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The State of the Climate 2021 - Highlighted Article

Posted On:
Apr 28, 2022 at 7:00 AM
Climate Change


From: The Global Warming Policy Foundation

By: Ole Humlum

Date: April 2022


The State of the Climate 2021


General overview 2021

This report has its main focus on observations and not on the output of numerical models, with the exception of Figure 39 (see p. 38). References and data sources are listed at the end of the report.

Air temperatures

Air temperatures measured near the planet’s surface (surface air temperatures) are at the centre of many climate discussions, but the significance of any short-term warming or cooling should not be overstated. Whenever the Earth experiences warm El Niño or cold La Niña episodes, major heat exchanges take place between the Pacific Ocean and the atmosphere above, eventually showing up as a signal in the global air temperature. However, such heat exchanges may chiefly reflect redistribution of energy between ocean and atmosphere, and not a change in the heat content of the atmosphere–ocean system. Evaluating the dynamics of ocean temperatures is therefore just as important as evaluating changes in surface air temperatures.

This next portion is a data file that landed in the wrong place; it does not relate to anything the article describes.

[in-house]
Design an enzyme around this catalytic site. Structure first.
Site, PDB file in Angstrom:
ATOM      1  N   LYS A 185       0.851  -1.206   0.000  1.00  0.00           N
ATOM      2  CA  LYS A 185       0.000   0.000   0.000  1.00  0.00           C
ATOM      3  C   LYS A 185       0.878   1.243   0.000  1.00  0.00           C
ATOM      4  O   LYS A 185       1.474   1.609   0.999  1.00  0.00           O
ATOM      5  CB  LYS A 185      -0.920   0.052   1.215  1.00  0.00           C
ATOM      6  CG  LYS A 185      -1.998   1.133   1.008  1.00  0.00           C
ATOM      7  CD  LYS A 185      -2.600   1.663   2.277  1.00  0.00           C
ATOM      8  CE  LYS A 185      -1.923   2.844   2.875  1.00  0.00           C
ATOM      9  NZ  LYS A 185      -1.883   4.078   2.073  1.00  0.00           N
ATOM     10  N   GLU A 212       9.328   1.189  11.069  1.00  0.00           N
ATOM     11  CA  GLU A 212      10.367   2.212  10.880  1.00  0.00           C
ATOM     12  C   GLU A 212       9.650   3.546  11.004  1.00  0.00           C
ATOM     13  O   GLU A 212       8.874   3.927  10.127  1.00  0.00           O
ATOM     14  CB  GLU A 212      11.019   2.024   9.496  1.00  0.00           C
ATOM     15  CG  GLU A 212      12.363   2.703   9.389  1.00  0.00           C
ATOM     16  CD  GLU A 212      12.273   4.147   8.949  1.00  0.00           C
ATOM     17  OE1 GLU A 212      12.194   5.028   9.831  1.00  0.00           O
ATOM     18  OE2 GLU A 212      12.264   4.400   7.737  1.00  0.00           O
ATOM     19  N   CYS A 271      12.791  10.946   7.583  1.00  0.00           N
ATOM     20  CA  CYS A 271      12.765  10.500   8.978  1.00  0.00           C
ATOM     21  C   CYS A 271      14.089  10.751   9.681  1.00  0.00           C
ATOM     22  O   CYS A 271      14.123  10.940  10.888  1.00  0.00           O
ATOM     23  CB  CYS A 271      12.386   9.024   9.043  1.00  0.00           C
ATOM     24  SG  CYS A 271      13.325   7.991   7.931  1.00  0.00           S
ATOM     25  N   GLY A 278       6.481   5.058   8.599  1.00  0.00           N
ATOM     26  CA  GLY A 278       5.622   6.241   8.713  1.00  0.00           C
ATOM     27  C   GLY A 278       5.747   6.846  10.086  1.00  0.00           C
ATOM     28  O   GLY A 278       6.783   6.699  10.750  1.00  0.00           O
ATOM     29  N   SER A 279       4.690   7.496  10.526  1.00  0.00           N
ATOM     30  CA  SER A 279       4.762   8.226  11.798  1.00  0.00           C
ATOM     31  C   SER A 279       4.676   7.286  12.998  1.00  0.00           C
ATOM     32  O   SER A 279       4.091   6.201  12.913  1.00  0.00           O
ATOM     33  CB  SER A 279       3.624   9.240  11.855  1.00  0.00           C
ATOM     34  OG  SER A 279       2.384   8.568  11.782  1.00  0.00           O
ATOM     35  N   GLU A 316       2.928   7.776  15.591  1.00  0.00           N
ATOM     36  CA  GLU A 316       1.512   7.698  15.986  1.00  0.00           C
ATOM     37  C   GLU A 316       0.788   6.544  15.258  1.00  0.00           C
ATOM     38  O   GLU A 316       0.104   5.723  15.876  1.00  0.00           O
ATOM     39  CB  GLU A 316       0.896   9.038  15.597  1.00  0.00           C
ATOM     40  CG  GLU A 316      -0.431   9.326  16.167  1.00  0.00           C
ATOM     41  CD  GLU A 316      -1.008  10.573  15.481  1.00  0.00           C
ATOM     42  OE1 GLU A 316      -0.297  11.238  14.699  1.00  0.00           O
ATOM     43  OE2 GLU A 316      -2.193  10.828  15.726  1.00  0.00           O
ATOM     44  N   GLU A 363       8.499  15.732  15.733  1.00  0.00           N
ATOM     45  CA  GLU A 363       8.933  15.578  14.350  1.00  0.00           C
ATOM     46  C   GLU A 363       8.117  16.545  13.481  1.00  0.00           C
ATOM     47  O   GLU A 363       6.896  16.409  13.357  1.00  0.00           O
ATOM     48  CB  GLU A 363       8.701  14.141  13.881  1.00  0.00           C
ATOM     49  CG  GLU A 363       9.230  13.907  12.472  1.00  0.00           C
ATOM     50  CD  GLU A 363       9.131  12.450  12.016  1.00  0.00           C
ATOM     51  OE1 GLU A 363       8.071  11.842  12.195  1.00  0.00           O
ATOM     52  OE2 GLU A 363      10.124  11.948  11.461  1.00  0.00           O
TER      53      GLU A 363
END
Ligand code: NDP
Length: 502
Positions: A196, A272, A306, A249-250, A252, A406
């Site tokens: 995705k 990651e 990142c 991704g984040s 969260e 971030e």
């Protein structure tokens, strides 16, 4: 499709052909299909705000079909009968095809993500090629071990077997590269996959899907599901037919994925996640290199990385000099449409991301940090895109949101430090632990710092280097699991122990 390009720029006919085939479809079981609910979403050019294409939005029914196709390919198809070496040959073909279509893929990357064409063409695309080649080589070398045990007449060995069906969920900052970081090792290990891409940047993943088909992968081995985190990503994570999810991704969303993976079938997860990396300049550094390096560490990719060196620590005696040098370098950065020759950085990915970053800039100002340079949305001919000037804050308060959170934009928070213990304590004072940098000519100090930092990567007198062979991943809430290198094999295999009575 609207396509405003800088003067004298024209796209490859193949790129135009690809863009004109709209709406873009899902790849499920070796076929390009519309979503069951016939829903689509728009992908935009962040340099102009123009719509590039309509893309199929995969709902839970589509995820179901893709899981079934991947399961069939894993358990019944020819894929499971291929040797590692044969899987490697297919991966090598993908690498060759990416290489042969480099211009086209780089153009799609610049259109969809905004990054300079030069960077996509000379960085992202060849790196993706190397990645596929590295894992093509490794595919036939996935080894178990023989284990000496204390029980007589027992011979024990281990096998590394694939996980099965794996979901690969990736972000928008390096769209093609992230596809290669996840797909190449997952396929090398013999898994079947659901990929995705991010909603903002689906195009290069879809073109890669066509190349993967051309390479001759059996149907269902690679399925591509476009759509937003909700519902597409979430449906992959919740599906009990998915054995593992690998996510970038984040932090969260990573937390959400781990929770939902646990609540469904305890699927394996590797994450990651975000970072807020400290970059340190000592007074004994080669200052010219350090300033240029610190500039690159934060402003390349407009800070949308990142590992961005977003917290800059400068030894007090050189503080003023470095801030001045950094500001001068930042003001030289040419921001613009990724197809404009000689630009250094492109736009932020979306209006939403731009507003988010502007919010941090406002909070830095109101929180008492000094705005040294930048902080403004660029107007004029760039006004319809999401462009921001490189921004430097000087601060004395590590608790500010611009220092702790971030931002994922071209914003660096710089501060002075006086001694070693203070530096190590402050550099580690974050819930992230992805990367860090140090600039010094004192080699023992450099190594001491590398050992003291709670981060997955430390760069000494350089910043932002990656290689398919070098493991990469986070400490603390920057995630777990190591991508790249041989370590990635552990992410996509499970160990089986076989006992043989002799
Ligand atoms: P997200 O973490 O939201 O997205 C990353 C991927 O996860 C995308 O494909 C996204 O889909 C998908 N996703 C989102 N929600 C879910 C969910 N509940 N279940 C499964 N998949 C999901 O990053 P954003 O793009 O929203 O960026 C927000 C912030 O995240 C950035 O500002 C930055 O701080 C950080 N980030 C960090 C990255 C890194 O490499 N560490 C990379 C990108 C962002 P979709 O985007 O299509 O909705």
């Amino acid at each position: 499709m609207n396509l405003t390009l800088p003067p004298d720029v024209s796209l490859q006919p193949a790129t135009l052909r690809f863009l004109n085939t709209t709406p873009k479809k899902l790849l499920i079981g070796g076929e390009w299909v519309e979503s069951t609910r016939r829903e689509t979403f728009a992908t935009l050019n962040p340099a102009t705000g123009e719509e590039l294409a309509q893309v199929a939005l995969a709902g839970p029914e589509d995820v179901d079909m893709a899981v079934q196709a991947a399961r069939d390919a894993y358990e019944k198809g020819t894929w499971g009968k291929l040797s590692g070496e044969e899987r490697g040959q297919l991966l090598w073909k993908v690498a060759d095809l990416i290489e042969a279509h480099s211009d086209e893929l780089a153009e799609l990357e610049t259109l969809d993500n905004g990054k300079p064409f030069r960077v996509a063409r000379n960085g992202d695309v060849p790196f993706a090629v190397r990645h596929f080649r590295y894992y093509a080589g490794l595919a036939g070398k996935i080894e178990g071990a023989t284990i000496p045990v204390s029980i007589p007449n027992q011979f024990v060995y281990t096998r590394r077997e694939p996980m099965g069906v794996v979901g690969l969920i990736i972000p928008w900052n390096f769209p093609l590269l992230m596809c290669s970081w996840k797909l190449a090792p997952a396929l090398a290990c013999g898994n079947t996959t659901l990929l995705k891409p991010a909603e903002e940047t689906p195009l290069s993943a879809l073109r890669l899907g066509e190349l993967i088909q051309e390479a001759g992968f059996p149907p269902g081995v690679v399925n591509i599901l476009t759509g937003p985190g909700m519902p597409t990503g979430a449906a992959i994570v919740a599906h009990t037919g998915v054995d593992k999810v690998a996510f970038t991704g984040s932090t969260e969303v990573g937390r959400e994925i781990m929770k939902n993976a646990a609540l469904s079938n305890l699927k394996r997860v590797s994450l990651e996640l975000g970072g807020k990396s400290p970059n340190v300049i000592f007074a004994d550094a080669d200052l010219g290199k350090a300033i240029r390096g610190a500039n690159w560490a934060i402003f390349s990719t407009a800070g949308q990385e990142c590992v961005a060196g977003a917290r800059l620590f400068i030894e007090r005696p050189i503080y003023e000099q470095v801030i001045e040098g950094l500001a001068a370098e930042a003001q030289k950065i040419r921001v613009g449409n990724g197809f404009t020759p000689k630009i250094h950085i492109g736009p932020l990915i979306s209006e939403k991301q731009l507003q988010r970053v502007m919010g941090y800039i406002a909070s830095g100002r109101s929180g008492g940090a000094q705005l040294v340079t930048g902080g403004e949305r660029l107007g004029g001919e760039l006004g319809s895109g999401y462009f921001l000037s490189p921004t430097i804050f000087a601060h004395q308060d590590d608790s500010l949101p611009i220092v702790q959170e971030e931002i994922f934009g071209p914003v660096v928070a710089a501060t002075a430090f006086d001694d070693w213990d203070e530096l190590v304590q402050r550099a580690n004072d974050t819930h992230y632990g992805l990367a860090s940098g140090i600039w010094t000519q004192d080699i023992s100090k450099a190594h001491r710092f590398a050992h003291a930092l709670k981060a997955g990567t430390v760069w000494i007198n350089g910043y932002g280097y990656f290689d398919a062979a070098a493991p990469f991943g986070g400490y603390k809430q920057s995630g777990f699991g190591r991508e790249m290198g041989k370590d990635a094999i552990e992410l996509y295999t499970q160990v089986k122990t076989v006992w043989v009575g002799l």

Considering surface air temperature records since the 19th century, 2021 was a warm year, but cooler than most years since 2016. A moderate La Niña episode played out during 2021, underlining the importance of ocean–atmosphere exchanges.

Many Arctic regions experienced record high air temperatures in 2016, but since then, including in 2021, conditions have generally moved toward somewhat cooler conditions. The temperature peak in high northern latitudes in 2016 may have been affected by ocean heat released from the Pacific Ocean during the strong 2015–16 El Niño and subsequently transported towards the Arctic region. This underscores how air temperatures may be affected, not only by variations in local conditions, but also by variations playing out in geographically remote regions.

Many figures in this report focus on the period since 1979 – the satellite era – when access to a wide range of observations with nearly global coverage, including temperature, became commonplace. These data provide a detailed view into temperature changes over time at different altitudes in the atmosphere. Among other phenomena, these observations reveal that a Stratospheric temperature plateau has prevailed since 1995.

Since 1979, lower Troposphere temperatures have increased over both land and oceans, but most clearly over the land. The most straightforward explanation for this is that much of the warming is caused by solar insolation, but there may be several secondary reasons, such as changes in cloud cover and land use.

Oceans ... (continue reading)


The State of the Climate 2021